The Medal is an acknowledgement of Bruce’s scientific standing. By any metric his work has had an enormous impact internationally. His laboratory has tackled fundamental problems in the regulation of metabolism and signal transduction, exploiting the full spectrum of techniques available, ranging from protein chemistry, biochemistry, structural biology, physiology and genetically modified mice.
Congratulations to Bruce, a truly deserving recipient.
Dane Pavlovic responds to the question of what it is like to live with type 1 diabetes, just like any 10 year old (“It’s not so good”). His mother, Rosina, is more voluble. “While diabetes is just part of our life now, we still experience significant worry about the impact on Dane’s future.”
With no history of type 1 diabetes in the family, Rosina is keenly interested in what causes the disease and why Dane has been affected.
These questions are closer to being answered thanks to research from SVI’s Dr Stuart Mannering and his colleagues from the University of Colorado. In their recently published research, the team has identified what may be the initial target of the immune response that causes type 1 diabetes.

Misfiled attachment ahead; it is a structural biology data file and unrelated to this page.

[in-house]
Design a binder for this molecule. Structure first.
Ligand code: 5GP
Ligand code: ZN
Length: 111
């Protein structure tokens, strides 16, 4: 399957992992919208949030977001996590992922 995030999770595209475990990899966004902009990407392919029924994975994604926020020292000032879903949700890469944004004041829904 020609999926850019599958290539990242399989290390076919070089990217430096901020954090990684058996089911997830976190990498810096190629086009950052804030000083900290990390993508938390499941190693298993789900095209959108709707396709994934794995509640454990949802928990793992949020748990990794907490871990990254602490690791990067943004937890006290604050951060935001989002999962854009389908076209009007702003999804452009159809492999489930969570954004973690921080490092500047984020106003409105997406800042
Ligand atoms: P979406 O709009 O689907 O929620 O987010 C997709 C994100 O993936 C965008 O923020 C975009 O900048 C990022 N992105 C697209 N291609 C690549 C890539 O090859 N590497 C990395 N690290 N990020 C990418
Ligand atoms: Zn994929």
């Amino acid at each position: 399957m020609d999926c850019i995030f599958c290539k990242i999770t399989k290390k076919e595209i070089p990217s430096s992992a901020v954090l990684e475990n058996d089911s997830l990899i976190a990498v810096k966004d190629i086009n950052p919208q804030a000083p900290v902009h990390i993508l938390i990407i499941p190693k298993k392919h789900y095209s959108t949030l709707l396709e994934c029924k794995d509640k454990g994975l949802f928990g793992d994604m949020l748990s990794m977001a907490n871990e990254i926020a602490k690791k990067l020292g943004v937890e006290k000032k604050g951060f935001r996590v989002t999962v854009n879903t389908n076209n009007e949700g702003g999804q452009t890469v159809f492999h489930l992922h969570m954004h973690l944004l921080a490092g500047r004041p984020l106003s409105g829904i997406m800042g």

The discovery provides a plausible explanation for why the immune system mistakenly destroys the body’s cells in type 1 diabetes.
When our immune system is functioning properly, it protects us against “invaders” that might make us sick, such as bacteria and viruses. But in people with autoimmune diseases, the immune system attacks healthy parts of the body.
In type 1 diabetes, the cells that secrete insulin, called beta cells, are the target of the immune system’s attack. Beta cells live in small clumps of cells called islets, within the pancreas.
In research published in the prestigious journal Science, the team showed that fragments of two different beta-cell proteins, called peptides, join together to create a hybrid peptide. This hybrid is recognised as foreign by the immune system’s T cells, and may be one of the early steps in the immune cascade that eventually destroys the beta cells and causes type 1 diabetes.
University of Colorado researchers Professor Kathryn Haskins and Assistant Professor Thomas Delong identified the hybrid peptides in a type of mouse that develops type 1 diabetes. However, they needed to determine if their findings held true in humans.
They turned to Stuart Mannering for help. Stuart’s team was the first in the world to isolate human T cells from the pancreas of organ donors who had type 1 diabetes. He says that his group has been using these T cells as a tool to dissect what they recognise and respond to within the human beta cells.